As background to a discussion of research methods and strategies, it is worthwhile to provide a selective overview of previous conceptual milestones that have contributed to understanding the influences on SDH. A 1987 UNICEF publication on Adjustment with a Human Face [61] reported early and important findings on how what we would now call globalization was affecting SDH. The study involved 10 countries (Botswana, Brazil, Chile, Ghana, Jamaica, Peru, Philippines, South Korea, Sri Lanka, Zimbabwe) that had adopted policies of domestic economic adjustment in response to economic crises that led them to rely on loans from the IMF – a dynamic that is described in the second article of the series. In many cases the policies adopted had resulted in deterioration in key indicators of child health (e.g. infant mortality, child survival, malnutrition, educational status) and in access to SDH (e.g. availability and use of food and social services), with reductions in government expenditure on basic services emerging as a key intervening variable. The study situated these national cases within an analytical framework that linked changes in government policies (e.g. expenditures on education, food subsidies, health, water, sewage, housing and child care services) with selected economic determinants of health at the household level (e.g. food prices, household income, mothers' time) and selected indicators of child welfare [62]. Based on that analysis, the study identified a generic package of policies that would minimize the negative effects of economic adjustment by protecting the basic incomes, living standards, health and nutrition of the poor or otherwise vulnerable [63] – priorities that have similarly been stressed in subsequent policy analyses. However, in the context of globalization an important limitation is that only the final chapter of the UNICEF study [64] addressed elements of the international policy environment that might facilitate implementation of "adjustment with a human face" in some countries while obstructing it in others, and the study as a whole did not directly address the comparative merits of "compensating for adjustment" [65] in health policies and programs and rethinking the adjustment process itself.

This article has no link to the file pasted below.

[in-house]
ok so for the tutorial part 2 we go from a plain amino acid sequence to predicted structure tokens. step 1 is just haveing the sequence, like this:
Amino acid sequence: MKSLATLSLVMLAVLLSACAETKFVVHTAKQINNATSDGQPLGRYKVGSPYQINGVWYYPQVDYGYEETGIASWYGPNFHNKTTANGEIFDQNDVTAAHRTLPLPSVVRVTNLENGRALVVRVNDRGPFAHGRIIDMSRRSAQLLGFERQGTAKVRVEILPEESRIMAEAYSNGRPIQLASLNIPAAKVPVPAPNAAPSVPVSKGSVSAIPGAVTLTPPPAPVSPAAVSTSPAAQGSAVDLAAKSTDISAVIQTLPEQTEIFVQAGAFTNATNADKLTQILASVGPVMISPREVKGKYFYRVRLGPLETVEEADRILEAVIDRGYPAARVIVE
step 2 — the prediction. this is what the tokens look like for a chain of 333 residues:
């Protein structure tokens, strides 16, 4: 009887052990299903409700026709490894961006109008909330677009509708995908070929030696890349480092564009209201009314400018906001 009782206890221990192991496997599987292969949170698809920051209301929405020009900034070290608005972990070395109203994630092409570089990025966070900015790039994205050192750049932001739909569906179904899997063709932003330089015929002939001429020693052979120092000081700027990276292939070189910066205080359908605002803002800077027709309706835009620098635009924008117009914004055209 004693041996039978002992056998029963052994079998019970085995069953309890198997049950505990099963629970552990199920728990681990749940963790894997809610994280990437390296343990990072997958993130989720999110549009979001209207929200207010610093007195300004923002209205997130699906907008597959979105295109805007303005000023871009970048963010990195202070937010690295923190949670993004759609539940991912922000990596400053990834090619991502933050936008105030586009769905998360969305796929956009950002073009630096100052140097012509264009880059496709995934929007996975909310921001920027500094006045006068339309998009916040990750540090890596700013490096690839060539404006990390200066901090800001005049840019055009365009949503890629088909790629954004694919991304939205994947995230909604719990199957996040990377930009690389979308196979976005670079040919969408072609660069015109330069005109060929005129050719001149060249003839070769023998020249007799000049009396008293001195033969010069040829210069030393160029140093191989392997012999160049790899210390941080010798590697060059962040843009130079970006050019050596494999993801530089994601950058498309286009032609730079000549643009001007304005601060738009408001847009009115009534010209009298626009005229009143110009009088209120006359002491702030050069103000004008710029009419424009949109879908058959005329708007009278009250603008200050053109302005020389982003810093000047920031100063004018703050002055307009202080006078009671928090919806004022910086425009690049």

In work for WHO, Woodward and colleagues [34] devised an explanatory model that focused on "five key linkages from globalization to health," three direct and two indirect. Direct effects included impacts on health systems, health policies, and exposure to certain kinds of hazards such as infectious disease and tobacco marketing; indirect effects were those "operating through the national economy on the health sector (e.g. effects of trade liberalization and financial flows on the availability of resources for public expenditure on health, and on the cost of inputs); and on population risks (particularly the effects on nutrition and living conditions resulting from impacts on household income)." Here, again, we see an emphasis on the economic aspects both of globalization and of SDH. This model has the advantage of focusing on the range of policy choices (by both governmental and private actors) that operate at the supranational level to affect health, while being limited in its focus primarily on health systems relative to other SDH. A subsequent WHO-supported systematic review examined numerous models of the relations between globalization and health, generating a diagrammatic synthesis hierarchically organized around various levels of analysis ranging from the supranational to the household [66, 67] (Figure 1). Key strengths of this synthesis are its recognition of the importance of environmental pathways (reflected in the discussion of this topic in the second article in the series); its attention to how globalization influences the context within which national and subnational govenrnments make and implement policy; and its acknowledgment of the role of political systems and processes and pre-existing endowments (natural resources, geographic location, levels of education) as mediators of that influence. Conversely, a limitation is a lack of focus on the specific pathways that lead to changes in individual and population health status by way of SDH.
Figure 1

Globalization and Health: Simplified Pathways and Elements. Source: [66].

In a conceptual framework developed specifically for analyzing those pathways, Diderichsen and colleagues [68](p. 14) identify "four main mechanisms – social stratification, differential exposure, differential susceptibility, and differential consequences – that play a role in generating health inequities." Globalization can affect health outcomes by way of each of these mechanisms, and the authors' reference to the influence on stratification of "those central engines in society that generate and distribute power, wealth and risks" [68](p. 16) is especially apposite in this context. A variant of this model was provisionally adopted as an organizing framework in a concept paper for the Commission on Social Determinants of Health [69], and has been further modified for purposes of the Globalization Knowledge Network (Figure 2 presents the model in simplified form).